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BUSINESS
July 3, 1990 | From Associated Press
Investors defrauded in a massive 1988 insider trading scheme may be entitled to compensation from $19 million in alleged illegal profit surrendered by one of the defendants, officials said Monday. The Securities and Exchange Commission filed a proposed plan in a New York court for distributing the money allegedly obtained in what at the time was the second-largest insider trading case in U.S. history. In 1988, the SEC accused Fred C. Lee, a Taiwanese national living in Hong Kong, and Stephen K.
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BUSINESS
July 13, 1988 | A Times Staff Writer and
The Securities and Exchange Commission has accused a Taiwanese businessman of violating a U.S. court order by trying to transfer profits from illegal insider trading out of the country. In a court hearing on Tuesday, the SEC asked U.S. District Judge Richard Owen to hold businessman Fred C. Lee, 38, in contempt of court.
BUSINESS
October 11, 1989 | SCOT J. PALTROW, TIMES STAFF WRITER
Federal prosecutors disclosed Tuesday that Fred C. Lee, the Taiwanese businessman implicated in a major insider trading scandal involving the investment firm Morgan Stanley & Co., was named in a 439-count criminal indictment returned a year ago but kept under seal. The indictment was unsealed Tuesday because prosecutors said Lee, a fugitive believed to be living in Taiwan, undoubtedly is aware that he is wanted by U.S. authorities. Assistant U.S. Atty. John M.
BUSINESS
June 30, 1988 | Associated Press
The man accused of making millions on insider trading in the United States is said to be a rich Taiwanese socialite divorce with a doctorate degree and a history of stock dabbling. The U.S. Securities and Exchange Commission filed a civil complaint Monday accusing Fred C. Lee of making $19 million by trading on tips about impending corporate takeovers given by Stephen Wang Jr., a junior analyst at the Morgan Stanley & Co. brokerage firm.
BUSINESS
June 30, 1988 | Associated Press
The Securities and Exchange Commission has asked the Swiss government for help in investigating an alleged $19-million insider-trading scheme, the chief of the agency told Congress on Wednesday. SEC Chairman David S. Ruder told the Senate Banking Committee's securities subcommittee that his investigators have learned that a Hong Kong businessman accused in the case, Fred C. Lee, traded U.S. securities from Switzerland.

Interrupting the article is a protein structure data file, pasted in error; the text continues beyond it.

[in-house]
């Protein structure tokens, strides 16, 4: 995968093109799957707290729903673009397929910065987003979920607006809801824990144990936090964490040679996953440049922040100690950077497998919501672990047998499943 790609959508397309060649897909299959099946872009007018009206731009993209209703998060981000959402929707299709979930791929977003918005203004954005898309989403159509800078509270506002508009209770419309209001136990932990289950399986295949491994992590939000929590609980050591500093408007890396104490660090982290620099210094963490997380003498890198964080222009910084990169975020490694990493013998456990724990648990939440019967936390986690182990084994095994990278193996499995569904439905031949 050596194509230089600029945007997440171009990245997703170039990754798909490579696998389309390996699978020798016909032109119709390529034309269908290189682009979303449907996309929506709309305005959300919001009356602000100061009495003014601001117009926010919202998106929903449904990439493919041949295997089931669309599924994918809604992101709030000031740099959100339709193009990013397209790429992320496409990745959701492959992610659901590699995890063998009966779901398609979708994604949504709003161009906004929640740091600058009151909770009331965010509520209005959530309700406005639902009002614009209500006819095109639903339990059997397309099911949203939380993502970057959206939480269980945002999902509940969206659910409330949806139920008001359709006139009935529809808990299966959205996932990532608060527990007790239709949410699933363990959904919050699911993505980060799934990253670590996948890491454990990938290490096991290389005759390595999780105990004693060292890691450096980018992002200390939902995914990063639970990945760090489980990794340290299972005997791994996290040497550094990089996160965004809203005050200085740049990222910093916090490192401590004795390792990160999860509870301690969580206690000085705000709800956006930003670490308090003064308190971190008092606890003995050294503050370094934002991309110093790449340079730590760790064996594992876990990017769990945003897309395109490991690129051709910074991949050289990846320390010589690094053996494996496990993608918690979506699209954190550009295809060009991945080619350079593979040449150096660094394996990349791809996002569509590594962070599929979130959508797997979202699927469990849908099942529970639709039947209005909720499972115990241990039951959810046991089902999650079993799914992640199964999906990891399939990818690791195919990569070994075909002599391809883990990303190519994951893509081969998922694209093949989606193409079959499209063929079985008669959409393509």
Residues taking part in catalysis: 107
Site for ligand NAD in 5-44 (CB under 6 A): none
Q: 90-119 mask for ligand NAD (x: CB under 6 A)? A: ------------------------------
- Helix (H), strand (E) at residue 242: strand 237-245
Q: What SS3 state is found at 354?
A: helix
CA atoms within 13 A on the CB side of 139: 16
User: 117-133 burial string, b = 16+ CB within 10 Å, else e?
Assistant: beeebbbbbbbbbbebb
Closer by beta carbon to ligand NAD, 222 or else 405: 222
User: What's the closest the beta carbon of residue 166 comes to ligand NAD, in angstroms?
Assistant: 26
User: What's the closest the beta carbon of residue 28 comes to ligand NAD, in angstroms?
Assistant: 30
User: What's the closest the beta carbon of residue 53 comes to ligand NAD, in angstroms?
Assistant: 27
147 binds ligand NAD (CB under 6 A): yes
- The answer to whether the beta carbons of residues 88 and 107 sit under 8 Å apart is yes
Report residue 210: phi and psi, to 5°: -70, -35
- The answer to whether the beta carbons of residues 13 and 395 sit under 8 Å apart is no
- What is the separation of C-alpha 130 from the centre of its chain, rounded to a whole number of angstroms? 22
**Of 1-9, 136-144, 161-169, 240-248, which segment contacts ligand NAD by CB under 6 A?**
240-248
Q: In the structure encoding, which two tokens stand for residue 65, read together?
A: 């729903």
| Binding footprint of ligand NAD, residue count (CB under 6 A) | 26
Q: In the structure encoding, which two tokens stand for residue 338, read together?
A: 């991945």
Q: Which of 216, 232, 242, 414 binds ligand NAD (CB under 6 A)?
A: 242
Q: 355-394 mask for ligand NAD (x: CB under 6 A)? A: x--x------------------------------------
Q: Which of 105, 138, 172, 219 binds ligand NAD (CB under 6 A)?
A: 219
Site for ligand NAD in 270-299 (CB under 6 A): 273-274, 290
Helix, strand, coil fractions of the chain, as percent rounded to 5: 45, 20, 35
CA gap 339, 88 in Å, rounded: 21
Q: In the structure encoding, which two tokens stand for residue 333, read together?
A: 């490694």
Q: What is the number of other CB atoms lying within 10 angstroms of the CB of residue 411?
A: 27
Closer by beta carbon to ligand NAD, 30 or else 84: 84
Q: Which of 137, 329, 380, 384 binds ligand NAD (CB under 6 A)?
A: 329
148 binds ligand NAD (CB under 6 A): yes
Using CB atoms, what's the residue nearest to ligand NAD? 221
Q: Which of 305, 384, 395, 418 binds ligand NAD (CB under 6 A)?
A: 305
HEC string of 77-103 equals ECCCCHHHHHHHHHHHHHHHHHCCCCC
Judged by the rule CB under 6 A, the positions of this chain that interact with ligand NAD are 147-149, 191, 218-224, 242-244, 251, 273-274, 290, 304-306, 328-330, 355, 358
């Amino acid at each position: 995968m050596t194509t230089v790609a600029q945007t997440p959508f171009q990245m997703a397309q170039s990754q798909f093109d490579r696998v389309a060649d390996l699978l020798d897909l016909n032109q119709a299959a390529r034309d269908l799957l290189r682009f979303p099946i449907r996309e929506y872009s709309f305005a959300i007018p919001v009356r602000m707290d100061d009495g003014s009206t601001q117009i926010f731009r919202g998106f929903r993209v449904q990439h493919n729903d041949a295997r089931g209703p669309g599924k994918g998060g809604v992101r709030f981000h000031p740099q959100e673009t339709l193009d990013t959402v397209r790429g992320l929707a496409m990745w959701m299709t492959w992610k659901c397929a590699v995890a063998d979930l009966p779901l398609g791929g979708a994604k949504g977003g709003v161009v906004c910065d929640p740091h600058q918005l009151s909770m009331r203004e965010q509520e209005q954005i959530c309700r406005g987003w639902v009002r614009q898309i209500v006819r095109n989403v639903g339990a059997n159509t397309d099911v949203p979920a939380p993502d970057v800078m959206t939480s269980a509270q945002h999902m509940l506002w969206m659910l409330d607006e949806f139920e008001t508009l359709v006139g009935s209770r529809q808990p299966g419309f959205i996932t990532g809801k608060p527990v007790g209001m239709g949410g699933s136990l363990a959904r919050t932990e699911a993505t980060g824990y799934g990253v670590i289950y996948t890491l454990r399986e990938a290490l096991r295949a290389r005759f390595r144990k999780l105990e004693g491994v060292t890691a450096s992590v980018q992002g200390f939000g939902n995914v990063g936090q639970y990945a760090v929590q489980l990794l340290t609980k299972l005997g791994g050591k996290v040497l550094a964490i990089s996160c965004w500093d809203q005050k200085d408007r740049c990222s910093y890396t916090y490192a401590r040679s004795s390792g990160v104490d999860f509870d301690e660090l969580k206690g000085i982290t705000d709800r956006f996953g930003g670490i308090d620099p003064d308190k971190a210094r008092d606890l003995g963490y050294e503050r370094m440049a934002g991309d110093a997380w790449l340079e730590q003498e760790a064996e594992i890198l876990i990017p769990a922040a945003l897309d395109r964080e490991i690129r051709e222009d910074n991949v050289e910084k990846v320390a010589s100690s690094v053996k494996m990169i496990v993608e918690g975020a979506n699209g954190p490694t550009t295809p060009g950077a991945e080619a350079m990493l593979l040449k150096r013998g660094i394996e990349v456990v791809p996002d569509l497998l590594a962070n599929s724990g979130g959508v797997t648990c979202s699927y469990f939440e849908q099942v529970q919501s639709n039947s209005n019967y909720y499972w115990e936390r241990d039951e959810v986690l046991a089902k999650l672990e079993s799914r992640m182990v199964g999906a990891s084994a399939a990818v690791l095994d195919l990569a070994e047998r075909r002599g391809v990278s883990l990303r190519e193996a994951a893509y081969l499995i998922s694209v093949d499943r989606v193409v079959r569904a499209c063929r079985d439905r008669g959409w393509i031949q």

BUSINESS
October 27, 1988 | Associated Press
A rookie Wall Street analyst who once impressed others as an ambitious go-getter received three years imprisonment Wednesday for his role in the nation's second-largest insider trading fraud. "You truly fall into the situation of a person who bites the hand that feeds him," U.S. District Judge Kevin Duffy said, shaking his head as he sentenced Stephen Wang, 24. "You had a brilliant future and you blew it." Wang, who had held a promising junior analyst job at Morgan Stanley & Co.
BUSINESS
September 8, 1988 | SCOT J. PALTROW, Times Staff Writer
Stephen S. Wang Jr., 24, a former junior analyst at the investment banking firm Morgan Stanley & Co., agreed Wednesday to plead guilty to three criminal insider trading charges and to cooperate with a government investigation. Court papers in the case disclosed that Wang had also been involved in another insider trading scheme that predated the one reported in June, when the Securities and Exchange Commission filed civil charges against him and a Taiwanese businessman.
BUSINESS
October 11, 1989 | SCOT J. PALTROW, TIMES STAFF WRITER
Federal prosecutors disclosed Tuesday that Fred C. Lee, the Taiwanese businessman implicated in a major insider trading scandal involving the investment firm Morgan Stanley & Co., was named in a 439-count criminal indictment returned a year ago but kept under seal. The indictment was unsealed Tuesday because prosecutors said Lee, a fugitive believed to be living in Taiwan, undoubtedly is aware that he is wanted by U.S. authorities. Assistant U.S. Atty. John M.